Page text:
Our eyes communicate how we are feeling to the world. Eyelid surgery can restore a more youthful, open appearance to the eye area. The eyelid lift procedure is unique to each patient and will address their specific concerns. These can include correcting puffiness, sagging skin, wrinkles and aging around the eyes. Restoring a more rejuvenated, youth appearance to the eye area can increase self-confidence and in cases where sagging skin has affected a patient’s vision, that will be improved as well.
Evaluation of the upper eyelid consists of determining the amount of excess skin and
fat there is, as well as the position of the eyebrow. If your brow is lower than it should
be, it can be the primary source of the problem and would need to be addressed
separately. If the brow is in satisfactory position, then removing excess skin and fat
may be all that is necessary.
An upper eyelid blepharoplasty alone can be done as an office procedure with a local
anesthetic and oral sedation, if desired. There is very little discomfort with the
numbing process when it is administered slowly.
The proposed amount of skin to be removed is marked in a manner that will result in
an inconspicuous scar that lies in the skin crease above the lashes and into a wrinkle
of a crow’s foot.
The excess skin is removed along with a sliver of underlying muscle, and then the
exposed fat is removed or contoured as needed depending on patients’ individual
needs and anatomy.
Any bleeding is controlled and the incision is closed with fine, dissolvable stitches
which are usually gone in a week.
Recovery is primarily dependent on the amount of bruising and swelling there is in the
first two to three days. This varies, of course, from one patient to the next. But there
are many things that will be done to help minimize this and expedite the process.
Typically, most patients are quite presentable in one week. Any persistent bruising
can be disguised after this point.
RISKS AND COMPLICATIONS
As with any operation, bleeding and infection are the most common problems that
can occur, but they are rare. Sterile technique, antibiotics, meticulous attention to
detail, and adherence to pre- and post-operative instructions will diminish these risks.
Excessive removal of skin is to be avoided, as it can result in an unnatural appearance
of the eyes and may even cause chronic dry eye syndrome.
Unsightly scars are rare, due to the thinness of the skin, but in some patients it takes several months for the scars to smooth out and blend with the surrounding skin.
Proper evaluation of the lower eyelid will determine which technique is best for you.
Critical factors to consider are eyelid tone or strength, amount of fat in each of the
three lower lid compartments, and the condition of the excess skin. Other factors,
such as the size of the cheek bones, position of the cheek fat pads, and the amount of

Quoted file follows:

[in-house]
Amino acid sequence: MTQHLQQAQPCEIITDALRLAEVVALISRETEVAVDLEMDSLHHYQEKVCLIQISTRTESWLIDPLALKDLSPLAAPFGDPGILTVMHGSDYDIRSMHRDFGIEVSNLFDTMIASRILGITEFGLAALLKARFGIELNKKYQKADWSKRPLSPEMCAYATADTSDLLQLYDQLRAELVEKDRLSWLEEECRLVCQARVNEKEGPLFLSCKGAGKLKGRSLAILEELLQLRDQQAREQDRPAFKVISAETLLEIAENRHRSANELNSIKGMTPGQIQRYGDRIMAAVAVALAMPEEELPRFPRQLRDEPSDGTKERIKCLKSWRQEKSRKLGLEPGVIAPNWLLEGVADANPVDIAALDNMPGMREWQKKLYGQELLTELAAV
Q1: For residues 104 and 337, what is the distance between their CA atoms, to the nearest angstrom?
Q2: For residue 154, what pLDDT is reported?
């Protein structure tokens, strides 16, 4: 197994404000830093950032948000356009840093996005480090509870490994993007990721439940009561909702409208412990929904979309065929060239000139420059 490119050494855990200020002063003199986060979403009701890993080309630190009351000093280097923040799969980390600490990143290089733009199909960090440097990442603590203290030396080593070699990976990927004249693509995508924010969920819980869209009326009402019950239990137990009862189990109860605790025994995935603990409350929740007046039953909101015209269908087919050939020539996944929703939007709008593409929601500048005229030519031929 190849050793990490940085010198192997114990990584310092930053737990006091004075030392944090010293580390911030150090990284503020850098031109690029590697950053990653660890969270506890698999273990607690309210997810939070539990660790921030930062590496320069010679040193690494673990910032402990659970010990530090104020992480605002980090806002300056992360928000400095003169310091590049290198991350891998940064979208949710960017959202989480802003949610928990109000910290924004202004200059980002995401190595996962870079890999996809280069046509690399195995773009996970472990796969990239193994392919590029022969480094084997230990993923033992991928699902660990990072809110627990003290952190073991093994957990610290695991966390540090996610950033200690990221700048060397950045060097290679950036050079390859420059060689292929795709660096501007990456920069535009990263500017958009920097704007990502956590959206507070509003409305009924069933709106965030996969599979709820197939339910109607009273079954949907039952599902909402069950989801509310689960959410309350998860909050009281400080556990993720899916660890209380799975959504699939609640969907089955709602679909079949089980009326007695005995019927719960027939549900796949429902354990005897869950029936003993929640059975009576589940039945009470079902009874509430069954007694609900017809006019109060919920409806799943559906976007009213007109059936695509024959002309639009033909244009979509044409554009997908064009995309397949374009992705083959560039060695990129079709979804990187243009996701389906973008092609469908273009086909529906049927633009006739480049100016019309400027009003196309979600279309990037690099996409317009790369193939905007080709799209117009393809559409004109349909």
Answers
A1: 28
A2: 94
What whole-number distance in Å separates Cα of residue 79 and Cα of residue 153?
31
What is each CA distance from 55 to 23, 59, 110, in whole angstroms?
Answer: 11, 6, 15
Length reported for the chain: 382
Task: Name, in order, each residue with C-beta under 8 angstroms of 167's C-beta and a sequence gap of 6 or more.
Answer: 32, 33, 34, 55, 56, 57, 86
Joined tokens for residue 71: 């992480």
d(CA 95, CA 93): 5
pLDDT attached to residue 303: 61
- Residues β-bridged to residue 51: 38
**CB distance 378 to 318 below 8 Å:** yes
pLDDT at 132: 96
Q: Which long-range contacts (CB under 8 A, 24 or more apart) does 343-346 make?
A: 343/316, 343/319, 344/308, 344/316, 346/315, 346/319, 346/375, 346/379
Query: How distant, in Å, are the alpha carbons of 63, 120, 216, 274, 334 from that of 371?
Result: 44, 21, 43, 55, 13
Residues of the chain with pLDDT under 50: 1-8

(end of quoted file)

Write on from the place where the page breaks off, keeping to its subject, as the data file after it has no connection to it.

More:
eye protrusion can all effect the ultimate outcome and should be recognized and
There are several different approaches to the lower eyelid. The recommended
procedure is determined by the condition of your skin, the amount of existing fat
protrusion, and the laxity of your eyelid.
If you have excessive bulging of the lower lid, but no significant wrinkling, then a
transconjunctival approach can be utilized. This is where the fat is accessed from the
inner surface of the lid, away from your eye. Reestablishing a natural contour to the
lower lid without any visible incisions on the outside is the desired outcome.
For those with excess fat and excess wrinkling, then an inside/outside approach is
employed. This combines the transconjunctival technique with either laser
resurfacing of the skin or a skin pinch excisional technique to remove excess lower
lid skin. If you do not have an excess amount of fat bulging, then either laser
resurfacing or a skin pinch technique can be done alone.
For those with an excessive amount of skin folds, wrinkles, and muscle folds requiring
a significant amount of removal, then an incision is created immediately beneath the
lash line and along a line in a crow’s foot. Through this incision the skin and muscle is
elevated, exposing the underlying fat. This can then be repositioned or removed as
necessary. The support structures of the eyelid are secured with deep stitches and the
excess skin and muscle is removed and closed with dissolvable stitches.
The length of time it takes to recover depends primarily on how much bruising and
swelling you have after the procedure, and which operation was performed. Typically,
most patients are presentable after one week. If the laser was used, redness can be
covered with make-up within one week, if it persists.
RISKS AND COMPLICATIONS
Bleeding and infection are rare, but represent the most common problem associated
with this type of surgery. Good technique, antibiotics, and adherence to the
perioperative recommendations diminish this problem.
The more serious problems arise from patients with poor eyelid tone who require a subciliary (under the lash line)
approach. Because the main support structure of the lower lid (orbicularis oculi
muscle) is incised, it becomes weak until healing is complete. This can lead to poor
position of the eyelid or exposure of the eye resulting in excessive dryness and a poor
cosmetic result. To help prevent this, the cartilage of the lower lid is suspended in
place to maintain its position and provide needed support. Judicious removal of skin,
fat, and muscle is paramount as well.
Incisional scars heal extremely well, but may
take some time to acquire the normal color of the surrounding skin. This is true of any
laser resurfacing techniques as well.